Posted on April 5, 2016 @ 08:43:00 AM by Paul Meagher
In my last blog I introduced you to the lens model. In today's blog I want to expand upon the lens model by introducing you to another important diagram that the founder of the lens model, Egon Brunswick, also used to explain the lens model.
The reason I find it necessary to expand the lens model is that I was trying to apply the lens model to the problem of preparing grape vine cuttings to achieve the maximum number of propagated vines. This happens to be a task I'm occupied with at the moment.
The problem I ran into was that the pruning policies I followed in preparing the cuttings are not best described as "cues" emitted from the environment, they are rather the "means" I have chosen to achieve a goal. The lens model seems to be more focused on accounting for "perception" than "action".
Further examination of the lens model, however, reveals that the lens model as I presented it yesterday is only the left hand side of a larger model that Egon Brunswick offered to explain the relationship between the organism and the environment. Here is the expanded lens model:
Source: Brunswik’s original lens model (PDF link).
Note the perfect bi-lateral symmetry of the model. Note also that "cues" stand between the organism and the environment on the perception end (input side) and that "means" stand between the organism and the environment on the "action" end (output side). This would seem to imply that everything I said yesterday about "cues" mediating between the world (or distal object) and the observer also applies to the "means" that mediate between some goal object and the observer.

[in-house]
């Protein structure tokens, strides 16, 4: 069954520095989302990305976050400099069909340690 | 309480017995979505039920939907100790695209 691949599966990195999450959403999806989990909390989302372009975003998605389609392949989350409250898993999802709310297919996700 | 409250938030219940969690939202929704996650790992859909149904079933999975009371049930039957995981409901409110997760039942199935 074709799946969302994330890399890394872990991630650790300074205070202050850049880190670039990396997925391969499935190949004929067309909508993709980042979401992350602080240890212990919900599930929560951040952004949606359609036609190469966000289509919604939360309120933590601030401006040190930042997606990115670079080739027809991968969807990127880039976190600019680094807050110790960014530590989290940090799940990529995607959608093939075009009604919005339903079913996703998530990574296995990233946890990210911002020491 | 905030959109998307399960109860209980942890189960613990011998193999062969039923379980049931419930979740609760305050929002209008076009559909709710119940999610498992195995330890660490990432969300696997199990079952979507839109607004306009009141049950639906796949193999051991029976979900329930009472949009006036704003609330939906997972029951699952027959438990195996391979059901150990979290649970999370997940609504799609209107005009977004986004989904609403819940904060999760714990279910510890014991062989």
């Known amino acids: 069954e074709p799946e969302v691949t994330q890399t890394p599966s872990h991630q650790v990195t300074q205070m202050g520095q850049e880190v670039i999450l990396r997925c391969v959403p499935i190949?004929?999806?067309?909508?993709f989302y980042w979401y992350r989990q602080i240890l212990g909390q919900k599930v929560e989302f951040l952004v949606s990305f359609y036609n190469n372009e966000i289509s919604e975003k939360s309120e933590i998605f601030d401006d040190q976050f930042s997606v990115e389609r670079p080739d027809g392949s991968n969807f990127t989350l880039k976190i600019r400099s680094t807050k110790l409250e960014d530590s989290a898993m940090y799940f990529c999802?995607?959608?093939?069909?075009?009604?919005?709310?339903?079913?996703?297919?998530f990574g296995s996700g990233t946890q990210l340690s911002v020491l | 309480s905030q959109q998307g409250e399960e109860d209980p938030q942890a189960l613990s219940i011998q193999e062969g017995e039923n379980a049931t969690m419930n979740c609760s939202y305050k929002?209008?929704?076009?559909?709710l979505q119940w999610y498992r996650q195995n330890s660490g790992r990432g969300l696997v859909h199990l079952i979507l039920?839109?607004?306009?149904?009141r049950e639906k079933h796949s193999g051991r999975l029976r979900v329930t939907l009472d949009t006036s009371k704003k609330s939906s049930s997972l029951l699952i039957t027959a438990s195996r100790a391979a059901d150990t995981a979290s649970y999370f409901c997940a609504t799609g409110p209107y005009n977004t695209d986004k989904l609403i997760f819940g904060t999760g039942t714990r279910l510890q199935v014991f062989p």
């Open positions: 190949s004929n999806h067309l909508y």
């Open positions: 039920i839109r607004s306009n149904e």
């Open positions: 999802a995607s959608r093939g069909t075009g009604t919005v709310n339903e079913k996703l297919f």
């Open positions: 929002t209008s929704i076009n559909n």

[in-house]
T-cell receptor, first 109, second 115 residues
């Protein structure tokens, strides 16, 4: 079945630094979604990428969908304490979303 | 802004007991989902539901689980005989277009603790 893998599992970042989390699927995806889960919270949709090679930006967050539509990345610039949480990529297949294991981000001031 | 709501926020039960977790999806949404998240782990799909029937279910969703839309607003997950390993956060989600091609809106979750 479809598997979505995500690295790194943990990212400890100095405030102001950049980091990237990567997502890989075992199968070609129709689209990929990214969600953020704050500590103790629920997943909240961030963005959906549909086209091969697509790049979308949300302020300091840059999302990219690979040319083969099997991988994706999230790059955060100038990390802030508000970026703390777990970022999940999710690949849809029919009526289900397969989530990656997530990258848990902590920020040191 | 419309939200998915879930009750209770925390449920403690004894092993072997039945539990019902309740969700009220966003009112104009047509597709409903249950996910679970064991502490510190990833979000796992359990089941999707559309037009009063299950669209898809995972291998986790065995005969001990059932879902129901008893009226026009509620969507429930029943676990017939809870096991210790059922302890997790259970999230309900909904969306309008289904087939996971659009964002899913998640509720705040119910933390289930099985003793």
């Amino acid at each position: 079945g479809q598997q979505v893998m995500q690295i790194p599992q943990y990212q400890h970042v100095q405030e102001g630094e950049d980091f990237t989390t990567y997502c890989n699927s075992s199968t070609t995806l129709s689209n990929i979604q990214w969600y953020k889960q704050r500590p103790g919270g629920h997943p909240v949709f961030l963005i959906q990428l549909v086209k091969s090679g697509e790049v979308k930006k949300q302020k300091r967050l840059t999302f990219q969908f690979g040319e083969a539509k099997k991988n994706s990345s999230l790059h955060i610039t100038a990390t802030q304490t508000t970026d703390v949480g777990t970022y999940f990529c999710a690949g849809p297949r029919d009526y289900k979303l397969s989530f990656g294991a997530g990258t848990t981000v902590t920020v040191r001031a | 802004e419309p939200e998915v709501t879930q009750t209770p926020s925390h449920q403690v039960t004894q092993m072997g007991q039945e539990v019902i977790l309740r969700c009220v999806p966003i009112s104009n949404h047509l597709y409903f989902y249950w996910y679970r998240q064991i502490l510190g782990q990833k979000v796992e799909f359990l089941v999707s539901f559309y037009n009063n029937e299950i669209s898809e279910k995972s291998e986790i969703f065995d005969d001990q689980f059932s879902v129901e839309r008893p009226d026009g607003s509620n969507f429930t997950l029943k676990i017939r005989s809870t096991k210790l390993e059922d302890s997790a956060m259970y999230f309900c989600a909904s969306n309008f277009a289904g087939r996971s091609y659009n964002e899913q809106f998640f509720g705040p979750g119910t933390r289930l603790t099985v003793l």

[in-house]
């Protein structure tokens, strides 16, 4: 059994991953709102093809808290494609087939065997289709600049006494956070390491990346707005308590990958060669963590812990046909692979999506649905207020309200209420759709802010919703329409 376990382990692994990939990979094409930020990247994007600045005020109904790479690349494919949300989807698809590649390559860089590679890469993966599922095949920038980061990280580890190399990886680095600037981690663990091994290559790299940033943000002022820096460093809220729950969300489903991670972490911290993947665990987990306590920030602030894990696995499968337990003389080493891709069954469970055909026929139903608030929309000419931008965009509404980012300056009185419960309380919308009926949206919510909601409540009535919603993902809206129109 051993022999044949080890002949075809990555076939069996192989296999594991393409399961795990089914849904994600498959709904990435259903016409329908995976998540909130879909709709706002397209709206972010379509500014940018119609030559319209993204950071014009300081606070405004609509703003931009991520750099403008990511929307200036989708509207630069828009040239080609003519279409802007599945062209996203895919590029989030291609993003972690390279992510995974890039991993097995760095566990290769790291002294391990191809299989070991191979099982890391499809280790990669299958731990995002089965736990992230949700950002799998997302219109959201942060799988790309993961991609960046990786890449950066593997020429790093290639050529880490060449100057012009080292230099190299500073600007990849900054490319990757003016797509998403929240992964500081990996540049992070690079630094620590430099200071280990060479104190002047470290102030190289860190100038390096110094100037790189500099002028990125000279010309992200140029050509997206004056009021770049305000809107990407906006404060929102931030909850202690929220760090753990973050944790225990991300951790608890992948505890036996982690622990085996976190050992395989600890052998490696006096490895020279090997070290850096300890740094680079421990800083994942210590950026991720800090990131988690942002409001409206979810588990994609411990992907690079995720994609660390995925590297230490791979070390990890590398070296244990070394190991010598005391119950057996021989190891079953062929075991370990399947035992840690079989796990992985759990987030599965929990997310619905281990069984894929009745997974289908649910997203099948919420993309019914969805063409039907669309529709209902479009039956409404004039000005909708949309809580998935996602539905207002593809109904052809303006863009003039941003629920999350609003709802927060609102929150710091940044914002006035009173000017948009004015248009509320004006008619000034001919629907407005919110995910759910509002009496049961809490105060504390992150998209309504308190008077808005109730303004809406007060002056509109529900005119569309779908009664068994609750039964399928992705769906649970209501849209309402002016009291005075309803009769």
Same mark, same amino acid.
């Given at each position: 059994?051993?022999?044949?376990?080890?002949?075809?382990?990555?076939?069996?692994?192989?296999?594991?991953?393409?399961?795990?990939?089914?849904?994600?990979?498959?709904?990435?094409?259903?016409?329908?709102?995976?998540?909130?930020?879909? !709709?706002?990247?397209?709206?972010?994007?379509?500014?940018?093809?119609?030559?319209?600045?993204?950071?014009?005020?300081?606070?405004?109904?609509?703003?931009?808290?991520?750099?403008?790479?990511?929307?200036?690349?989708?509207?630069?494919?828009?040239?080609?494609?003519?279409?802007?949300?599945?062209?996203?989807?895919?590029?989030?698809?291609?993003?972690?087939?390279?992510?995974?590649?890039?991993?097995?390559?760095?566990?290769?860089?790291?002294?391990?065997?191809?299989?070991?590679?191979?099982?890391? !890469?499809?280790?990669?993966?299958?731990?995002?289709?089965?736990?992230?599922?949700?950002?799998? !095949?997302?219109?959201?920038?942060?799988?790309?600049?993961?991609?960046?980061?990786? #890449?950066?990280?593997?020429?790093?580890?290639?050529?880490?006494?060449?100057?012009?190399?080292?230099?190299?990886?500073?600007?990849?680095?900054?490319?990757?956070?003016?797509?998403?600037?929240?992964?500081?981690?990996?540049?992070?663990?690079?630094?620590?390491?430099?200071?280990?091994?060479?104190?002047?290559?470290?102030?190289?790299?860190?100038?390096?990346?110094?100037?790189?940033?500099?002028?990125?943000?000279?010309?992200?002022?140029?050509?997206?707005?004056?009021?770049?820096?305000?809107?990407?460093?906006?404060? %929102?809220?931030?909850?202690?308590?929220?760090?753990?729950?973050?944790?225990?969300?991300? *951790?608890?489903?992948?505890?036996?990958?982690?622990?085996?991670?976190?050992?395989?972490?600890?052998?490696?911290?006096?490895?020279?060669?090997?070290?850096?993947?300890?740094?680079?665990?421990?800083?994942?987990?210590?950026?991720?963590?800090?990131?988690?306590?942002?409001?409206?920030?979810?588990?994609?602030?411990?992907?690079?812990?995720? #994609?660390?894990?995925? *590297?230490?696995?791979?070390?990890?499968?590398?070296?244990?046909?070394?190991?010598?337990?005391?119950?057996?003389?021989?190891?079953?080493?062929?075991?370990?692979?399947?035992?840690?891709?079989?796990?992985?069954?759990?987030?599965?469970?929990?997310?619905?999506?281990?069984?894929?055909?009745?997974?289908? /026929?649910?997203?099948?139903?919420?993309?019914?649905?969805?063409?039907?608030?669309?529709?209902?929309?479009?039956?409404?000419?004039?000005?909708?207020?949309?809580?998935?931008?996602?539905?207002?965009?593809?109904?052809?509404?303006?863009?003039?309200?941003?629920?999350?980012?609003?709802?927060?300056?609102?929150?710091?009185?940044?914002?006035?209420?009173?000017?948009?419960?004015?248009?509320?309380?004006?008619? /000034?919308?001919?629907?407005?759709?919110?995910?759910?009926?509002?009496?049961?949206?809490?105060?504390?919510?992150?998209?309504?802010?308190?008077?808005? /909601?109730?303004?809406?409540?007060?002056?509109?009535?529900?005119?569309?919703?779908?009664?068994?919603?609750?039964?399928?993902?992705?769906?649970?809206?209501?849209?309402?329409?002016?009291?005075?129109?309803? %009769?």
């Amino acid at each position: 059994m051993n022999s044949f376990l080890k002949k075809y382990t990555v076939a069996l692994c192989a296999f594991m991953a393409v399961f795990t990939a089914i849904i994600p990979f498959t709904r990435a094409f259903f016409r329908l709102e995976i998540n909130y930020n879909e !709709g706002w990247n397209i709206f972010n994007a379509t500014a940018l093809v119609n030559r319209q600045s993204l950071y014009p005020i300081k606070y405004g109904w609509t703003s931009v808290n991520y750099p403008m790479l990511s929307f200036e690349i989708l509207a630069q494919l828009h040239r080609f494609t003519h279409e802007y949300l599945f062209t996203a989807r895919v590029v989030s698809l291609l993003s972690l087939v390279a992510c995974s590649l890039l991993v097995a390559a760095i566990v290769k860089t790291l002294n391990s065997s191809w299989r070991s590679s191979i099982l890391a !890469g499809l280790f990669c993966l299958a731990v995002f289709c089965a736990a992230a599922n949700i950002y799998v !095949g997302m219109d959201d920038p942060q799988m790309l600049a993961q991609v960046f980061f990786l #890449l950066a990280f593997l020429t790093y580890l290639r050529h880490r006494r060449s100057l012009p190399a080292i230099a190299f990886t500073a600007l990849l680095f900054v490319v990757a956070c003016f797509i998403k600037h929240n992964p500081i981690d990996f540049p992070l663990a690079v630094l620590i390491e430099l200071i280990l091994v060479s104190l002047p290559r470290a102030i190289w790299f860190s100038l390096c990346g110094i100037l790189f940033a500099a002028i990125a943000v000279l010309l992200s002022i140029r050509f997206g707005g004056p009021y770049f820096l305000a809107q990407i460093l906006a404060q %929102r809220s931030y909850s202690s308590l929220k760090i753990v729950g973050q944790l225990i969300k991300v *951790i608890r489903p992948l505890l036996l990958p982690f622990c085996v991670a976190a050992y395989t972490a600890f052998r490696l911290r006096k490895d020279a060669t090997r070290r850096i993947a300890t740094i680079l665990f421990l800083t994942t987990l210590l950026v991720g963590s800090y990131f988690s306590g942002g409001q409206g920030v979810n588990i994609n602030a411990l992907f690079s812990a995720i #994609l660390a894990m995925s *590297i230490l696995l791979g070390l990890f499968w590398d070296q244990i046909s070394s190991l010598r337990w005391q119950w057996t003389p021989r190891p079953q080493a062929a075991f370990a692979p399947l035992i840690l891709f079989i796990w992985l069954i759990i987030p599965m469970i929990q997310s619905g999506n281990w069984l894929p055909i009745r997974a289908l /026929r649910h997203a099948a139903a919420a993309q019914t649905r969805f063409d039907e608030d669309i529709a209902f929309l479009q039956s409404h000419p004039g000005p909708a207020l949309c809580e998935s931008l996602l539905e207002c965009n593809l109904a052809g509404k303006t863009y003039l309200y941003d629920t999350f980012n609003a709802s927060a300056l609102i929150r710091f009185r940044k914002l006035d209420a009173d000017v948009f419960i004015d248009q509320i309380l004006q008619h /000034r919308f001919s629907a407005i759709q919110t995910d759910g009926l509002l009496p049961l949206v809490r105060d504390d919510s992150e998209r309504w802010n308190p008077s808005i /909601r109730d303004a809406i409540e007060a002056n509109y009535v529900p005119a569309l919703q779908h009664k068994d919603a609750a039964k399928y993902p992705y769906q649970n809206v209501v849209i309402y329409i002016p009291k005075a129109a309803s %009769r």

In other words, to achieve some goal object we must select the means to get there. The lens model applies to situations where the means to achieving some goal in the future is not certain so we choose "means" that we think will get us there but which, in reality, might not have a strong relationship to achieving the goal. We have an internal model that we use to explain the relationship between the means selected and the goal object that may not in fact be the best means we could have chosen to achieve that goal object. It is a happy day when the means we have chosen have high ecological validities in achieving the goal state.
So I stand by my assertion that the lens model is a useful framework to use in understanding where simple rules might fit in the overall scheme of things. There can be simple rules for handling decision making related to the input side of things and there can be simple rules for selecting the means to achieve some goal object. We may appear to be in Plato's cave observing shadows on the wall and trying to figure out the objects that they represent, however, Brunswick's model offers the hope that we can get closer to the opening of the cave to behold the object in an ever clearer light. The distal or goal object does not live in a world of ideal forms, but rather is an object that we can focus on more or less clearly depending upon the cues and means we choose and how strongly correlated they are with the distal or goal object.
The lens model has something useful to offer investors who must make investment decisions based upon multiple unreliable cues, and for entrepreneurs seeking a goal state and needing to select from multiple means that are more or less correlated with the goal state. We are searching for best cues and the best means and these can often be formulated as simple rules.